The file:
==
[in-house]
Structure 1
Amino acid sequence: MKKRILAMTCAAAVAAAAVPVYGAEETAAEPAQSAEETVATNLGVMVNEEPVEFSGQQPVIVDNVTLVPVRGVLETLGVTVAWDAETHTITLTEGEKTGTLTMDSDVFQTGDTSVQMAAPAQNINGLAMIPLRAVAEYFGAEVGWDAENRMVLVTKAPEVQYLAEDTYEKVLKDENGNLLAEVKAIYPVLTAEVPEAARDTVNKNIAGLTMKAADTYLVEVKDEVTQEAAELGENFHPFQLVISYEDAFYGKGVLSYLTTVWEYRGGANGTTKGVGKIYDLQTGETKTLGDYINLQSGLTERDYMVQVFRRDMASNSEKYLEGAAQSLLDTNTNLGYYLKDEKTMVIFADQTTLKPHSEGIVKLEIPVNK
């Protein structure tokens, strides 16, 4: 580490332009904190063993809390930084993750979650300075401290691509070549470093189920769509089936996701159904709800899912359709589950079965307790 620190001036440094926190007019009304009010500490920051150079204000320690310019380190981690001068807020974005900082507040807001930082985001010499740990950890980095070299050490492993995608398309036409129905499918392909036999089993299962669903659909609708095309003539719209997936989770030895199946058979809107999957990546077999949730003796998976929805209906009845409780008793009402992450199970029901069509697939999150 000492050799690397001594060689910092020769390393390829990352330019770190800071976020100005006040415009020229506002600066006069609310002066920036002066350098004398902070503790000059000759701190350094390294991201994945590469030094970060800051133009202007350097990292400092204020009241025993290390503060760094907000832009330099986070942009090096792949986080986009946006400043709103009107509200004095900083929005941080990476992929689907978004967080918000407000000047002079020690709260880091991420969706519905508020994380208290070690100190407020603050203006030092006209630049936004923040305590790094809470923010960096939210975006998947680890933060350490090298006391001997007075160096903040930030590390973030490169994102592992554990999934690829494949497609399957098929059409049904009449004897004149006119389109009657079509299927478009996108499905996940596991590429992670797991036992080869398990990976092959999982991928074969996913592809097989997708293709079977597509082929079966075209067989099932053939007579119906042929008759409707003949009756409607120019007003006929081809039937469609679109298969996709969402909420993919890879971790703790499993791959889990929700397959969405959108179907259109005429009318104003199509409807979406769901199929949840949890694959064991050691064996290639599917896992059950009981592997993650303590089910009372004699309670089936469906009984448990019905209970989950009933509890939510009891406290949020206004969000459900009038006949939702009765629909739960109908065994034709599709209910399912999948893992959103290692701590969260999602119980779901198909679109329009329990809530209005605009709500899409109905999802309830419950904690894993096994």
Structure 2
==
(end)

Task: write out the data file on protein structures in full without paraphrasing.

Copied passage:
[in-house]
Structure 1
Amino acid sequence: MKKRILAMTCAAAVAAAAVPVYGAEETAAEPAQSAEETVATNLGVMVNEEPVEFSGQQPVIVDNVTLVPVRGVLETLGVTVAWDAETHTITLTEGEKTGTLTMDSDVFQTGDTSVQMAAPAQNINGLAMIPLRAVAEYFGAEVGWDAENRMVLVTKAPEVQYLAEDTYEKVLKDENGNLLAEVKAIYPVLTAEVPEAARDTVNKNIAGLTMKAADTYLVEVKDEVTQEAAELGENFHPFQLVISYEDAFYGKGVLSYLTTVWEYRGGANGTTKGVGKIYDLQTGETKTLGDYINLQSGLTERDYMVQVFRRDMASNSEKYLEGAAQSLLDTNTNLGYYLKDEKTMVIFADQTTLKPHSEGIVKLEIPVNK
């Protein structure tokens, strides 16, 4: 580490332009904190063993809390930084993750979650300075401290691509070549470093189920769509089936996701159904709800899912359709589950079965307790 620190001036440094926190007019009304009010500490920051150079204000320690310019380190981690001068807020974005900082507040807001930082985001010499740990950890980095070299050490492993995608398309036409129905499918392909036999089993299962669903659909609708095309003539719209997936989770030895199946058979809107999957990546077999949730003796998976929805209906009845409780008793009402992450199970029901069509697939999150 000492050799690397001594060689910092020769390393390829990352330019770190800071976020100005006040415009020229506002600066006069609310002066920036002066350098004398902070503790000059000759701190350094390294991201994945590469030094970060800051133009202007350097990292400092204020009241025993290390503060760094907000832009330099986070942009090096792949986080986009946006400043709103009107509200004095900083929005941080990476992929689907978004967080918000407000000047002079020690709260880091991420969706519905508020994380208290070690100190407020603050203006030092006209630049936004923040305590790094809470923010960096939210975006998947680890933060350490090298006391001997007075160096903040930030590390973030490169994102592992554990999934690829494949497609399957098929059409049904009449004897004149006119389109009657079509299927478009996108499905996940596991590429992670797991036992080869398990990976092959999982991928074969996913592809097989997708293709079977597509082929079966075209067989099932053939007579119906042929008759409707003949009756409607120019007003006929081809039937469609679109298969996709969402909420993919890879971790703790499993791959889990929700397959969405959108179907259109005429009318104003199509409807979406769901199929949840949890694959064991050691064996290639599917896992059950009981592997993650303590089910009372004699309670089936469906009984448990019905209970989950009933509890939510009891406290949020206004969000459900009038006949939702009765629909739960109908065994034709599709209910399912999948893992959103290692701590969260999602119980779901198909679109329009329990809530209005605009709500899409109905999802309830419950904690894993096994």
Structure 2